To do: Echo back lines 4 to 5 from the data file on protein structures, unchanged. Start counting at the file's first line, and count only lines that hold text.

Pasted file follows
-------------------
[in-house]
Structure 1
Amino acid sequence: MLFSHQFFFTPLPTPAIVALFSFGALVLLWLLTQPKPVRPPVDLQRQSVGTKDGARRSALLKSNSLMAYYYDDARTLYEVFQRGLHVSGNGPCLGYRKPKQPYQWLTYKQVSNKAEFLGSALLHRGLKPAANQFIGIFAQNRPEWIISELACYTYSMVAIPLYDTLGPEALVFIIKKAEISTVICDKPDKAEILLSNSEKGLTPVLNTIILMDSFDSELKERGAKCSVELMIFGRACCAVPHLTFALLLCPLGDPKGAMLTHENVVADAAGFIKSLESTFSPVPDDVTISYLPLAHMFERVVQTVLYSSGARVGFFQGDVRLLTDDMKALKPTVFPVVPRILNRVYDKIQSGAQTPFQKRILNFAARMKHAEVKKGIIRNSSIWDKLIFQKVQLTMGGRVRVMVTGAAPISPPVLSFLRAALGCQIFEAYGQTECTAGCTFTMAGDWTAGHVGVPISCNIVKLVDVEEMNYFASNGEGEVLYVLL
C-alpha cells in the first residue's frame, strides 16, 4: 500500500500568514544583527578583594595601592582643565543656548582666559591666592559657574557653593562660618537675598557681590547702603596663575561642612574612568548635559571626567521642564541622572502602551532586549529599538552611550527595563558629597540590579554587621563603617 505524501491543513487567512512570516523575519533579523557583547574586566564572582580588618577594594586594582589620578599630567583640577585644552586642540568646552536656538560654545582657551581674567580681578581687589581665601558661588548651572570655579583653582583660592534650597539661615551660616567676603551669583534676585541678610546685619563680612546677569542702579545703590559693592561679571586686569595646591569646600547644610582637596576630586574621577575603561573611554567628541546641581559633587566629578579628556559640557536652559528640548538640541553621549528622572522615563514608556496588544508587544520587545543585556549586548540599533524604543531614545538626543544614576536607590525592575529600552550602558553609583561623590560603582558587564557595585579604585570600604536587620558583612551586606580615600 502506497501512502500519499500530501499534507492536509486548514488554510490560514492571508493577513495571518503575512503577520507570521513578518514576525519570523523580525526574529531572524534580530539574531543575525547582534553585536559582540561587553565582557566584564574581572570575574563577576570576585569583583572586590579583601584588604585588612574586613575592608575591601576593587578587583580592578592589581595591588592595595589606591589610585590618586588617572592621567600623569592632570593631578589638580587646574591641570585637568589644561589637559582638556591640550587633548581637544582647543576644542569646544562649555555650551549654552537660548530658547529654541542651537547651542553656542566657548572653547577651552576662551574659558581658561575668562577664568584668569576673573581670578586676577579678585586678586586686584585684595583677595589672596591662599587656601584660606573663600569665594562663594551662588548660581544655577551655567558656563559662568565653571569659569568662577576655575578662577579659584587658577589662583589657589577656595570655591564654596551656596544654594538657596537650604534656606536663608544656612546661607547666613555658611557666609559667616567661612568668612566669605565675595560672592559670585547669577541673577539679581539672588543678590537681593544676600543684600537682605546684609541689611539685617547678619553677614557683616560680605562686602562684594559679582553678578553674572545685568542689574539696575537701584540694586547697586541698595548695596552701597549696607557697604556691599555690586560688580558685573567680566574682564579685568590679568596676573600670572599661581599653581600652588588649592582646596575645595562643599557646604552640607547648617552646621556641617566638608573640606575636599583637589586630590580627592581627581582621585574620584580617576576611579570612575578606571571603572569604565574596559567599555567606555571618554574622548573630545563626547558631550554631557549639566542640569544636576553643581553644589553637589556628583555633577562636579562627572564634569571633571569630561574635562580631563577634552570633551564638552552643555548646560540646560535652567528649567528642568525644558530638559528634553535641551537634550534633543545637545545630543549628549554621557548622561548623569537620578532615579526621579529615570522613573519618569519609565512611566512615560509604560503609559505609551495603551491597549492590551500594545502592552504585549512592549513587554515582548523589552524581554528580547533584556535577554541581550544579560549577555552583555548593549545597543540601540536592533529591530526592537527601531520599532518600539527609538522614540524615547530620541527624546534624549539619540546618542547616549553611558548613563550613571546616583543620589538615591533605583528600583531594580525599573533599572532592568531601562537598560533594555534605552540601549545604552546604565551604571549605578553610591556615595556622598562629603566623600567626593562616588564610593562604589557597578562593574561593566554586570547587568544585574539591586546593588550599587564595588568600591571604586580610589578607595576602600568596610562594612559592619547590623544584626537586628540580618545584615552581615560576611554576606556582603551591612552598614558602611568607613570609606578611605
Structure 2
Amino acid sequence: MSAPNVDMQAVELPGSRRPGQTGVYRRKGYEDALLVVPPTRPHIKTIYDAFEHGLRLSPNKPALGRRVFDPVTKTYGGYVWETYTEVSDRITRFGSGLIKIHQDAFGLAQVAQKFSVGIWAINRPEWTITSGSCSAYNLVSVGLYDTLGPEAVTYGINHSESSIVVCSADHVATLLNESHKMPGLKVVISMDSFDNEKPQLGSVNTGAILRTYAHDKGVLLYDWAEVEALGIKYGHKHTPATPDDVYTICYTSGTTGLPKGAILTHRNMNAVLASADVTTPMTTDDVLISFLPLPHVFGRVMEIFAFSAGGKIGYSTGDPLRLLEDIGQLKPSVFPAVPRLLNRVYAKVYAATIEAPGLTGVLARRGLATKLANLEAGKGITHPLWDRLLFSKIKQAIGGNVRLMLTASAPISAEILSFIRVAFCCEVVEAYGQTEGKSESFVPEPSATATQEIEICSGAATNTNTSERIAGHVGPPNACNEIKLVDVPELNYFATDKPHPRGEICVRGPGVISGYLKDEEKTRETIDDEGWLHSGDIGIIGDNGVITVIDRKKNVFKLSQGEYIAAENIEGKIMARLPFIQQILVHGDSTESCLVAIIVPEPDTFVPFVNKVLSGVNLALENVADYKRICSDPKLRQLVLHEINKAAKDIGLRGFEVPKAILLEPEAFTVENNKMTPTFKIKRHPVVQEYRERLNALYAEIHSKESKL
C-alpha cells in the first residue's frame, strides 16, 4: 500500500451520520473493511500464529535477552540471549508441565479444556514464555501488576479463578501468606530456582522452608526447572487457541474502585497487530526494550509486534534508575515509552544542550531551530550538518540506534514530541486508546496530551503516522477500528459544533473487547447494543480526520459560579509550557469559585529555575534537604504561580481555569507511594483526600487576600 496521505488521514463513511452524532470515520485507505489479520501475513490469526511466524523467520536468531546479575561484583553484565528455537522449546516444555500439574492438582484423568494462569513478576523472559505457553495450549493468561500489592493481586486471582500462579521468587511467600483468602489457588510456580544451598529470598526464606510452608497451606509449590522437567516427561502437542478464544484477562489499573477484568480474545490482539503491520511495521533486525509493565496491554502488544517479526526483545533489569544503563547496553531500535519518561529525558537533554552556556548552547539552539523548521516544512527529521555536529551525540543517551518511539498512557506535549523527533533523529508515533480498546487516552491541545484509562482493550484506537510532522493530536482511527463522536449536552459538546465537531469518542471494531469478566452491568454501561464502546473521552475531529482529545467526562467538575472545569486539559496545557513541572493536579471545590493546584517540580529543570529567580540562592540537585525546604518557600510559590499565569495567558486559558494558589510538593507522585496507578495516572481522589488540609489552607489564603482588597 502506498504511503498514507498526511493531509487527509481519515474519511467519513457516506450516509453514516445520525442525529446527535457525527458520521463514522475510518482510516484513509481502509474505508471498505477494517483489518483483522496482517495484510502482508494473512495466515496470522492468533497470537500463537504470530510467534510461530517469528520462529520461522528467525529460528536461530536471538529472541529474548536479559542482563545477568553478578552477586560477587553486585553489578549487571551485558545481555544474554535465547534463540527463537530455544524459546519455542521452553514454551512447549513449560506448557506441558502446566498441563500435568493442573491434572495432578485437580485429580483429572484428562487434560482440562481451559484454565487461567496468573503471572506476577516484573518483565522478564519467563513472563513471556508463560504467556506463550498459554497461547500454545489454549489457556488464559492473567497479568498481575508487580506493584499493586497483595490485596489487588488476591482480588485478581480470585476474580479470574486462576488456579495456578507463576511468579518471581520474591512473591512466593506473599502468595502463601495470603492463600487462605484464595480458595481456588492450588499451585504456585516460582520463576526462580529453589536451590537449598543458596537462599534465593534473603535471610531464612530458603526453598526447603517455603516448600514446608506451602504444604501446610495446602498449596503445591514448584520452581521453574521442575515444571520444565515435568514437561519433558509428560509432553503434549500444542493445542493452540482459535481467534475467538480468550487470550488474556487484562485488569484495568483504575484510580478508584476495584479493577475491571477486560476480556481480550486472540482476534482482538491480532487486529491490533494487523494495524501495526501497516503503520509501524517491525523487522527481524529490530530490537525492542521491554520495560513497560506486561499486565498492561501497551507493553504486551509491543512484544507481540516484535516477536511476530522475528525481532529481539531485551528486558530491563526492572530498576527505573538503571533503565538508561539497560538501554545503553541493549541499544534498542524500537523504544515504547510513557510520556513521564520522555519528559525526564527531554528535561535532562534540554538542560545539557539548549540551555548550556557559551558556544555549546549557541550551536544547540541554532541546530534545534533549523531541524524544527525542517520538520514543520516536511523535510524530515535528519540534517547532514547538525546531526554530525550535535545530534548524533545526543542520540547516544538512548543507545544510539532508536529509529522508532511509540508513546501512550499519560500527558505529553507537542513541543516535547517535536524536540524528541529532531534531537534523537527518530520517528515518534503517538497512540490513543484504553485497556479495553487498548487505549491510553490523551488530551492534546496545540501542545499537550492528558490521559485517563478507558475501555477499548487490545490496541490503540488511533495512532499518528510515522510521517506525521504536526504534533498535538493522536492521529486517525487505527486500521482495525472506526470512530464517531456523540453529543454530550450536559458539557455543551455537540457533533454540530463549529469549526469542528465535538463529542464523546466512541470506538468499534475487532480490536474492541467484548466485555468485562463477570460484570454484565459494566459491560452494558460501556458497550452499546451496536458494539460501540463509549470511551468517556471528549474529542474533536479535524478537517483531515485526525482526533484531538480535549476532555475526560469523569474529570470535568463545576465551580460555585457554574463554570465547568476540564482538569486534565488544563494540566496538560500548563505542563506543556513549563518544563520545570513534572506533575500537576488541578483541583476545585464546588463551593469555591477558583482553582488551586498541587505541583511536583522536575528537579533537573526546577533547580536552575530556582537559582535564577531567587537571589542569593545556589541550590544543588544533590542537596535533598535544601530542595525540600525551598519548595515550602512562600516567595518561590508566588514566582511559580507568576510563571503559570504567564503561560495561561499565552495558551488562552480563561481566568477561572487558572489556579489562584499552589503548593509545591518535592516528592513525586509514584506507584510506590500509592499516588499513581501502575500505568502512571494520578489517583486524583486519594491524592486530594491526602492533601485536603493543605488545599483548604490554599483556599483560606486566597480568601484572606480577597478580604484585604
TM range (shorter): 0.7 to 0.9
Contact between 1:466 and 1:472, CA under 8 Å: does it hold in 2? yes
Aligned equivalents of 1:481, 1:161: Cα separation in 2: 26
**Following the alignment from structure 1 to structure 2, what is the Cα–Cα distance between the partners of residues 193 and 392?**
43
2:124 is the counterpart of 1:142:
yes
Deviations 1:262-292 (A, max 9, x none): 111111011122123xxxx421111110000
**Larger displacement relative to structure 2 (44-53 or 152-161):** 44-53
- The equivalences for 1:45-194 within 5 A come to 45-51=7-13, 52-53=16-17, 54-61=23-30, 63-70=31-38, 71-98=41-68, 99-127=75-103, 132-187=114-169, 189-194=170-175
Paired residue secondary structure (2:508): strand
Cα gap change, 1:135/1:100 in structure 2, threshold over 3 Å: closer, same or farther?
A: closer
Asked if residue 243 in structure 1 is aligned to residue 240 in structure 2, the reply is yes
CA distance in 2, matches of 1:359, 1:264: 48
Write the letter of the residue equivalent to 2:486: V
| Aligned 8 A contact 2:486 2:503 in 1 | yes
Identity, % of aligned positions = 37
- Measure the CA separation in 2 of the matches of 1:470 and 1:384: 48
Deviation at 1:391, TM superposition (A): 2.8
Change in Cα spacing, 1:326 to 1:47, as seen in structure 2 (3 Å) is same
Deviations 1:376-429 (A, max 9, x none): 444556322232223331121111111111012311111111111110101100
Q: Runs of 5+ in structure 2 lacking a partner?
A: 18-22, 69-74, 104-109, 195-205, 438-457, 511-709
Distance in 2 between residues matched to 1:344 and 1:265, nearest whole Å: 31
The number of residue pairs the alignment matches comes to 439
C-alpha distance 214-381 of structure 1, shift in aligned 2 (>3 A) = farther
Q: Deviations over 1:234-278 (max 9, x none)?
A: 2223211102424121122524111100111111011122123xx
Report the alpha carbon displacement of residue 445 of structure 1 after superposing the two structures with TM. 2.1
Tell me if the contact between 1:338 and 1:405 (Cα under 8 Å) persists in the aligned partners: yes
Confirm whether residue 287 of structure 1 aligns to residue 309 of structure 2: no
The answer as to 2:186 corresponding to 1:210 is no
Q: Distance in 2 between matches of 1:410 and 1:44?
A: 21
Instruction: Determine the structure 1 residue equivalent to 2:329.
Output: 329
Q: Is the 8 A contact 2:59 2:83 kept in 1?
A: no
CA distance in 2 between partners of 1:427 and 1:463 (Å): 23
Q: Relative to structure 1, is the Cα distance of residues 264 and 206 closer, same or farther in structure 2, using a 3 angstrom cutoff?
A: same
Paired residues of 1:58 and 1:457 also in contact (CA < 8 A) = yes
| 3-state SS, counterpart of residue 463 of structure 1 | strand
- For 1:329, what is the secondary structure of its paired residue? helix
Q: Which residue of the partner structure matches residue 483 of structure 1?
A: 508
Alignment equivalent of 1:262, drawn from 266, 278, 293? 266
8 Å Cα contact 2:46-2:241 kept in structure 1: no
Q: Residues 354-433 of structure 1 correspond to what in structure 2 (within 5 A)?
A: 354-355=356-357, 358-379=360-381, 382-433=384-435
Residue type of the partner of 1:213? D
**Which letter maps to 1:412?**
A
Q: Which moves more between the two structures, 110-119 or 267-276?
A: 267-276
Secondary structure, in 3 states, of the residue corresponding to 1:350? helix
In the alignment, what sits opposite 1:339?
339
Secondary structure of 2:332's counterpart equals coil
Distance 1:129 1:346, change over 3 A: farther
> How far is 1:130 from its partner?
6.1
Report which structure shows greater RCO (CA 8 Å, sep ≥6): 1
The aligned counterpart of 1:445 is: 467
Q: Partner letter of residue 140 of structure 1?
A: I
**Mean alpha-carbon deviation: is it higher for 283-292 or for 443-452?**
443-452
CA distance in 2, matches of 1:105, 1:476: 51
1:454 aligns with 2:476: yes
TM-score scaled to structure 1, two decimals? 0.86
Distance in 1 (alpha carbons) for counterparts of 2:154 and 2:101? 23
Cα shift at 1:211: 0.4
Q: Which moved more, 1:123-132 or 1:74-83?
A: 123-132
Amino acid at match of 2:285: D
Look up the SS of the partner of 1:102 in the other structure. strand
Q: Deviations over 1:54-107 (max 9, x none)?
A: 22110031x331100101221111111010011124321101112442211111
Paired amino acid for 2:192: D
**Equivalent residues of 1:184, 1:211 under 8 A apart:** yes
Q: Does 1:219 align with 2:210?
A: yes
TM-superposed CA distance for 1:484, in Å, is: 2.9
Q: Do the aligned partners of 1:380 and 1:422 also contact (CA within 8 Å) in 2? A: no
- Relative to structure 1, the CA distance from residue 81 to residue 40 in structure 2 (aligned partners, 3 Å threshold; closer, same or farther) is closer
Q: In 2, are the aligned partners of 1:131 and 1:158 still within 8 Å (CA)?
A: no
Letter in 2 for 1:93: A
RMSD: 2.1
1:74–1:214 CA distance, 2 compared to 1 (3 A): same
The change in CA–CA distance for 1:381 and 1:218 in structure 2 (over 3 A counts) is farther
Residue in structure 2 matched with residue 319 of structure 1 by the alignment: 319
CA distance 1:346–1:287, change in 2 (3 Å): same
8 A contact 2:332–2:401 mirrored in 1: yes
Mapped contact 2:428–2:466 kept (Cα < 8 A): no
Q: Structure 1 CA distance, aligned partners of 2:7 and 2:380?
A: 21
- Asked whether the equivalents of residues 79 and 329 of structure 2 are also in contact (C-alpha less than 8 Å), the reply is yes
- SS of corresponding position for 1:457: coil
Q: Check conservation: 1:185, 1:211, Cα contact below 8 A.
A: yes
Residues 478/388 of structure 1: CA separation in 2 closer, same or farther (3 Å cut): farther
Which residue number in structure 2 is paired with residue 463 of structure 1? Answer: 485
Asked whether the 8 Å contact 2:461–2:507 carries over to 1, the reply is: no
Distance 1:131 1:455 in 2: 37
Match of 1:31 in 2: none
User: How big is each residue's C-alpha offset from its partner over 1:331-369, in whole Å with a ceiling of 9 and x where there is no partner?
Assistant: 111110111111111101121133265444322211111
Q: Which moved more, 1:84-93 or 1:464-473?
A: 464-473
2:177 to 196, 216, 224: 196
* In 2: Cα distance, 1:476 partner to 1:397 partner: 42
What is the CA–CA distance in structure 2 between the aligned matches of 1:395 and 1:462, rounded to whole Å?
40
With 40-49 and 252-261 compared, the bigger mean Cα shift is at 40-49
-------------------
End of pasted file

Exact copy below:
C-alpha cells in the first residue's frame, strides 16, 4: 500500500500568514544583527578583594595601592582643565543656548582666559591666592559657574557653593562660618537675598557681590547702603596663575561642612574612568548635559571626567521642564541622572502602551532586549529599538552611550527595563558629597540590579554587621563603617 505524501491543513487567512512570516523575519533579523557583547574586566564572582580588618577594594586594582589620578599630567583640577585644552586642540568646552536656538560654545582657551581674567580681578581687589581665601558661588548651572570655579583653582583660592534650597539661615551660616567676603551669583534676585541678610546685619563680612546677569542702579545703590559693592561679571586686569595646591569646600547644610582637596576630586574621577575603561573611554567628541546641581559633587566629578579628556559640557536652559528640548538640541553621549528622572522615563514608556496588544508587544520587545543585556549586548540599533524604543531614545538626543544614576536607590525592575529600552550602558553609583561623590560603582558587564557595585579604585570600604536587620558583612551586606580615600 502506497501512502500519499500530501499534507492536509486548514488554510490560514492571508493577513495571518503575512503577520507570521513578518514576525519570523523580525526574529531572524534580530539574531543575525547582534553585536559582540561587553565582557566584564574581572570575574563577576570576585569583583572586590579583601584588604585588612574586613575592608575591601576593587578587583580592578592589581595591588592595595589606591589610585590618586588617572592621567600623569592632570593631578589638580587646574591641570585637568589644561589637559582638556591640550587633548581637544582647543576644542569646544562649555555650551549654552537660548530658547529654541542651537547651542553656542566657548572653547577651552576662551574659558581658561575668562577664568584668569576673573581670578586676577579678585586678586586686584585684595583677595589672596591662599587656601584660606573663600569665594562663594551662588548660581544655577551655567558656563559662568565653571569659569568662577576655575578662577579659584587658577589662583589657589577656595570655591564654596551656596544654594538657596537650604534656606536663608544656612546661607547666613555658611557666609559667616567661612568668612566669605565675595560672592559670585547669577541673577539679581539672588543678590537681593544676600543684600537682605546684609541689611539685617547678619553677614557683616560680605562686602562684594559679582553678578553674572545685568542689574539696575537701584540694586547697586541698595548695596552701597549696607557697604556691599555690586560688580558685573567680566574682564579685568590679568596676573600670572599661581599653581600652588588649592582646596575645595562643599557646604552640607547648617552646621556641617566638608573640606575636599583637589586630590580627592581627581582621585574620584580617576576611579570612575578606571571603572569604565574596559567599555567606555571618554574622548573630545563626547558631550554631557549639566542640569544636576553643581553644589553637589556628583555633577562636579562627572564634569571633571569630561574635562580631563577634552570633551564638552552643555548646560540646560535652567528649567528642568525644558530638559528634553535641551537634550534633543545637545545630543549628549554621557548622561548623569537620578532615579526621579529615570522613573519618569519609565512611566512615560509604560503609559505609551495603551491597549492590551500594545502592552504585549512592549513587554515582548523589552524581554528580547533584556535577554541581550544579560549577555552583555548593549545597543540601540536592533529591530526592537527601531520599532518600539527609538522614540524615547530620541527624546534624549539619540546618542547616549553611558548613563550613571546616583543620589538615591533605583528600583531594580525599573533599572532592568531601562537598560533594555534605552540601549545604552546604565551604571549605578553610591556615595556622598562629603566623600567626593562616588564610593562604589557597578562593574561593566554586570547587568544585574539591586546593588550599587564595588568600591571604586580610589578607595576602600568596610562594612559592619547590623544584626537586628540580618545584615552581615560576611554576606556582603551591612552598614558602611568607613570609606578611605
Structure 2